But for The Plan (Mortgage Insurance Claim: Pre-Existing Illness, but Application Not Fraudulent)

When Mr. and Ms. Davidson (not their real names) took out a mortgage with one of the major Canadian banks, back in 1997, they also bought mortgage insurance, with a coverage limit of $100,000. Mr. Davidson’s health was good at that time.

In 2006, when they renewed the mortgage and increased it, with the same bank, he told the loans officer that he had been suffering recently, from an illness, and that it had been in remission for awhile. The loans officer told him to wait for six months, and if it was still in remission, he could apply for insurance then. Mr. Davidson accepted this advice and waited for six months, then applied for the mortgage insurance, and was accepted. The insurance limit was now $170,000.

Mr. Davidson remained symptom-free from 2006 until the disease reappeared in April, 2011. Sadly, he did not recover again from the illness, and passed away in 2014.

After a review, the insurance company paid Mrs. Davidson $100,000.00 (being the limit on the original insurance) but denied coverage for the remaining $70,000.00. That is when Mrs. Davidson came to see Kathleen Howes at the Unifor Legal Services Staff Office in Brampton.

Kathleen learned that when Mr. Davidson filled out his application for the increased insurance in 2006, he did not reveal on the form that he suffered from any illness or had recently seen a doctor about any illness within the past 24 months. This was not the case, since he had in fact seen a doctor about his disease, which was in remission.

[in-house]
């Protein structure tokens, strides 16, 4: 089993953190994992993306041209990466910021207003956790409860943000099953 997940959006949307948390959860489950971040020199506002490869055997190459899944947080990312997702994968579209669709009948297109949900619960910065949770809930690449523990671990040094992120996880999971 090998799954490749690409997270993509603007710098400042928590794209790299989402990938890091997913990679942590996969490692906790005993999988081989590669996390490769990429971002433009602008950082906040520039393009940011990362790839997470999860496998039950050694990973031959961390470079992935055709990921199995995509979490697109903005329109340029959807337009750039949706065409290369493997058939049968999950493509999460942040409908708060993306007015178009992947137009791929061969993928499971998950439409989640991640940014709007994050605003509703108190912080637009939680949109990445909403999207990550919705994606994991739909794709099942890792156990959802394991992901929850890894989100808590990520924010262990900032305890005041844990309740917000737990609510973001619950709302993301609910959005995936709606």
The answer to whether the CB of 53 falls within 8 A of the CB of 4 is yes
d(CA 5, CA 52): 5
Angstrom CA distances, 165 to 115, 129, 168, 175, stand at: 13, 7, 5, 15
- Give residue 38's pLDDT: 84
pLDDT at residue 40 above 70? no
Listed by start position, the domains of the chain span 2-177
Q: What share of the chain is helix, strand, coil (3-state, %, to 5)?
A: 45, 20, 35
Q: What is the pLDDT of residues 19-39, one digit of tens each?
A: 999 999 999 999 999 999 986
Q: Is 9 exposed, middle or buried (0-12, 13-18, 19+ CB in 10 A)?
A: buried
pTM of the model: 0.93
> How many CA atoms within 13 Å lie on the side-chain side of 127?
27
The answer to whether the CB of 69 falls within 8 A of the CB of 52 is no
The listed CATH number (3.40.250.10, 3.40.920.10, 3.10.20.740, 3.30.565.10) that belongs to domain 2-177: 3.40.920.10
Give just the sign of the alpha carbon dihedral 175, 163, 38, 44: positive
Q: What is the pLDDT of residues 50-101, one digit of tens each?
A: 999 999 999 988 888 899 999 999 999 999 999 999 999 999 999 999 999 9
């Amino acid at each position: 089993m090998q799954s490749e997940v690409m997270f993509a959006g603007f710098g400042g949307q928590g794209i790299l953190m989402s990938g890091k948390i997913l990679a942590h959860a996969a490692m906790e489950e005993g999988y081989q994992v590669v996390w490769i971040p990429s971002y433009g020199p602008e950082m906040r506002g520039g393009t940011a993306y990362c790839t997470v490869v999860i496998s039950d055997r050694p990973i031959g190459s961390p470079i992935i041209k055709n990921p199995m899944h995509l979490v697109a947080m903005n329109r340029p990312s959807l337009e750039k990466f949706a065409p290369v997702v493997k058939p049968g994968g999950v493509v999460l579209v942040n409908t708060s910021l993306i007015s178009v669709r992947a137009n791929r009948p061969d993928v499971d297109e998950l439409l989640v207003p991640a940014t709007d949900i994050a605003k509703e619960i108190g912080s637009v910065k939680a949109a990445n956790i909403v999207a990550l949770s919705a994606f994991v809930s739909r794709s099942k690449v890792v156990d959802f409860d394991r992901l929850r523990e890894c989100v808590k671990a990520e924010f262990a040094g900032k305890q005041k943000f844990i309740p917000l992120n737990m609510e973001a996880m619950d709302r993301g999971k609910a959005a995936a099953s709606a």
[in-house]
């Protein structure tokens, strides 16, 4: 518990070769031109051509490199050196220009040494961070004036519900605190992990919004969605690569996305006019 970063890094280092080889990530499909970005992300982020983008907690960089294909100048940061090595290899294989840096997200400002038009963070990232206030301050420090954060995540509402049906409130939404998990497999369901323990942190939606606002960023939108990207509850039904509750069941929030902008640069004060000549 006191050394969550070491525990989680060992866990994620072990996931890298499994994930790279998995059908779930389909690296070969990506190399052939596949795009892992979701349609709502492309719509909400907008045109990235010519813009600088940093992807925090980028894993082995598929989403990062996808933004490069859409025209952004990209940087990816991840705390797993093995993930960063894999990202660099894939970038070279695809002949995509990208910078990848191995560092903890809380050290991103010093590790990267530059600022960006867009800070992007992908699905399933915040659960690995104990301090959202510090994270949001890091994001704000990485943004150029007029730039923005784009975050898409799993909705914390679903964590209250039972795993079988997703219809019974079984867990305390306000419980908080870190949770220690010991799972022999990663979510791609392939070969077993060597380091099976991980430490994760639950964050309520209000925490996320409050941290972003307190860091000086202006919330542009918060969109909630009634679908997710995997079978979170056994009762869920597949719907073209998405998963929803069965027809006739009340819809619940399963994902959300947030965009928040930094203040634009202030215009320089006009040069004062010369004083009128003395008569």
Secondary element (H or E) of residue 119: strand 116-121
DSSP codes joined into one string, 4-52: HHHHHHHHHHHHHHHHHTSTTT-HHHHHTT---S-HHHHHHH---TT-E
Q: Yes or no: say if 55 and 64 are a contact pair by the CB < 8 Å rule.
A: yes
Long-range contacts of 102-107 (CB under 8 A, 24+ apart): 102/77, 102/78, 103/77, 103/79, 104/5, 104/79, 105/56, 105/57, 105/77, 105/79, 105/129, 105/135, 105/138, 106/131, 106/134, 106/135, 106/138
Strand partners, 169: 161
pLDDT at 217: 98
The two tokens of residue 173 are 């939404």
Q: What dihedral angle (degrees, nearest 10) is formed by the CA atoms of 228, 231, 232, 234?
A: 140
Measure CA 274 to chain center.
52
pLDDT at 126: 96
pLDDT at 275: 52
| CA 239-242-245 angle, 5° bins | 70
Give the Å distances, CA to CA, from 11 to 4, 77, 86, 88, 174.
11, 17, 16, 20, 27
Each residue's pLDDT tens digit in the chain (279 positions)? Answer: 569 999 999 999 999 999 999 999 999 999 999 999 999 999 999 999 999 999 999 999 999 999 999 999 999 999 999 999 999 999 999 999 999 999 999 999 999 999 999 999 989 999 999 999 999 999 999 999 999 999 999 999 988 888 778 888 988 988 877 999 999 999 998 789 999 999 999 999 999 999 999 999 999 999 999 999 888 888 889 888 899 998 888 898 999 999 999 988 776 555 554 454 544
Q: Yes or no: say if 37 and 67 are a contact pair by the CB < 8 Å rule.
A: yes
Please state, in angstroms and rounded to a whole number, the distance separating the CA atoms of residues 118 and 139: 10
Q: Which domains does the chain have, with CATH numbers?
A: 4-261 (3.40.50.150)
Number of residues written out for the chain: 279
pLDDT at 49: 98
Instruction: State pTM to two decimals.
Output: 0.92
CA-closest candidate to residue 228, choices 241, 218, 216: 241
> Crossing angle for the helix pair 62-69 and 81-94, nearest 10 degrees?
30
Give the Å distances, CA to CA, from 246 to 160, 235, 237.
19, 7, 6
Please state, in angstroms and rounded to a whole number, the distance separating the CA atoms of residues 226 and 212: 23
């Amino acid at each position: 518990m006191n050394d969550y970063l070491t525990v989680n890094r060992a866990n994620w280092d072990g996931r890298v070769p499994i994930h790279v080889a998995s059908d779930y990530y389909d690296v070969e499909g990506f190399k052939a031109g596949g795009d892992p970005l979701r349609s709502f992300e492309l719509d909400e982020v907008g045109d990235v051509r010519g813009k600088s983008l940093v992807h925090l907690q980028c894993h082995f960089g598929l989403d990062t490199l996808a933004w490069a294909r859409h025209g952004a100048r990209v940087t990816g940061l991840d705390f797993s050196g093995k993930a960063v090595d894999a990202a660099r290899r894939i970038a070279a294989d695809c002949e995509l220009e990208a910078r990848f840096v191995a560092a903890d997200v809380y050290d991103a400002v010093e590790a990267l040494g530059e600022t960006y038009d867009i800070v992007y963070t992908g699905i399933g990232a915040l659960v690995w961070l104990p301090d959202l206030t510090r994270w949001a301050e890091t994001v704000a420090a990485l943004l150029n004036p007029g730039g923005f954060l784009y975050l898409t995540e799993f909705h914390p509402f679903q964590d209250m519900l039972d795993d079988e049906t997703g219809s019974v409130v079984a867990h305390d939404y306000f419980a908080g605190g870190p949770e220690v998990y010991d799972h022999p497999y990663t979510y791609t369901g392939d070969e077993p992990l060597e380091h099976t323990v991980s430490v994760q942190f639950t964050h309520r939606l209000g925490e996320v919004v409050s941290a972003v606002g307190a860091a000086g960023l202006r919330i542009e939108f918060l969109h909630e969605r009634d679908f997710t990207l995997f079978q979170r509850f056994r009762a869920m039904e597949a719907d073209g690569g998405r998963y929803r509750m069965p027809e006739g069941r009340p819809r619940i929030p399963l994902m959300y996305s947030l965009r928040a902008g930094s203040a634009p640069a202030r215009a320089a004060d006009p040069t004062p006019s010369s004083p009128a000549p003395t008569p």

The insurance company took the position that had Mr. Davidson revealed that he had seen a doctor, or had any abnormal test results in the two years prior to his application in 2006, he would have been considered uninsurable and his application would have been denied.

Kathleen wrote to the insurance company, and pointed out that according to section 184 (2) of the Insurance Act, if an insurance contract has been in effect for two years, and if there was no fraud involved, the contract of insurance is still valid, notwithstanding the failure to disclose the illness. She argued that clearly there was no fraud involved, since Mr. Davidson had discussed his illness with the loans officer and took her advice to wait six months, and then apply if symptom free at that time.

The Insurance company paid the remaining $70,000.00, plus interest. But for the Plan, a widow may have been deprived of insurance proceeds to which she was entitled.

Submitted by Kathleen Howes,
Staff Lawyer
Brampton Office